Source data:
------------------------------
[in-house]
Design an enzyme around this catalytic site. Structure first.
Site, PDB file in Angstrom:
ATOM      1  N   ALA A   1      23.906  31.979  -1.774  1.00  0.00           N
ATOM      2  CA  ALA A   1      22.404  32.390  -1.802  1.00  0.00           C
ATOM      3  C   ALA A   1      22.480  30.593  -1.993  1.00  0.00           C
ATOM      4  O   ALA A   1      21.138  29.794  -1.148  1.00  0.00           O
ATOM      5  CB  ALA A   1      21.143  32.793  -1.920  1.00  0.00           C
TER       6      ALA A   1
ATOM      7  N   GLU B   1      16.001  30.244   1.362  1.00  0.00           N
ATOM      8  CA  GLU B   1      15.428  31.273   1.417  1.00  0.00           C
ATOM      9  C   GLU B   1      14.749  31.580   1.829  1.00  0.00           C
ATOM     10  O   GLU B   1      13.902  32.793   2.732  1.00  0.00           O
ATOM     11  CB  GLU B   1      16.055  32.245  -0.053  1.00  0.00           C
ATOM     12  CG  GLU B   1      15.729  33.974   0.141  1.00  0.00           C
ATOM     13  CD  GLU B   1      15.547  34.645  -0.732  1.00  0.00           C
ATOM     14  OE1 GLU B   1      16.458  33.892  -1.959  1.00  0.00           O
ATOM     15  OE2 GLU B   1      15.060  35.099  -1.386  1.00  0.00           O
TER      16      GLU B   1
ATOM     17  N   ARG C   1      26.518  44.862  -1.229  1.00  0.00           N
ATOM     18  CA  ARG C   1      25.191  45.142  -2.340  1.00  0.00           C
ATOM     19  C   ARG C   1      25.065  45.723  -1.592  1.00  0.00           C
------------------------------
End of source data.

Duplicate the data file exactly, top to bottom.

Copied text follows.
[in-house]
Design an enzyme around this catalytic site. Structure first.
Site, PDB file in Angstrom:
ATOM      1  N   ALA A   1      23.906  31.979  -1.774  1.00  0.00           N
ATOM      2  CA  ALA A   1      22.404  32.390  -1.802  1.00  0.00           C
ATOM      3  C   ALA A   1      22.480  30.593  -1.993  1.00  0.00           C
ATOM      4  O   ALA A   1      21.138  29.794  -1.148  1.00  0.00           O
ATOM      5  CB  ALA A   1      21.143  32.793  -1.920  1.00  0.00           C
TER       6      ALA A   1
ATOM      7  N   GLU B   1      16.001  30.244   1.362  1.00  0.00           N
ATOM      8  CA  GLU B   1      15.428  31.273   1.417  1.00  0.00           C
ATOM      9  C   GLU B   1      14.749  31.580   1.829  1.00  0.00           C
ATOM     10  O   GLU B   1      13.902  32.793   2.732  1.00  0.00           O
ATOM     11  CB  GLU B   1      16.055  32.245  -0.053  1.00  0.00           C
ATOM     12  CG  GLU B   1      15.729  33.974   0.141  1.00  0.00           C
ATOM     13  CD  GLU B   1      15.547  34.645  -0.732  1.00  0.00           C
ATOM     14  OE1 GLU B   1      16.458  33.892  -1.959  1.00  0.00           O
ATOM     15  OE2 GLU B   1      15.060  35.099  -1.386  1.00  0.00           O
TER      16      GLU B   1
ATOM     17  N   ARG C   1      26.518  44.862  -1.229  1.00  0.00           N
ATOM     18  CA  ARG C   1      25.191  45.142  -2.340  1.00  0.00           C
ATOM     19  C   ARG C   1      25.065  45.723  -1.592  1.00  0.00           C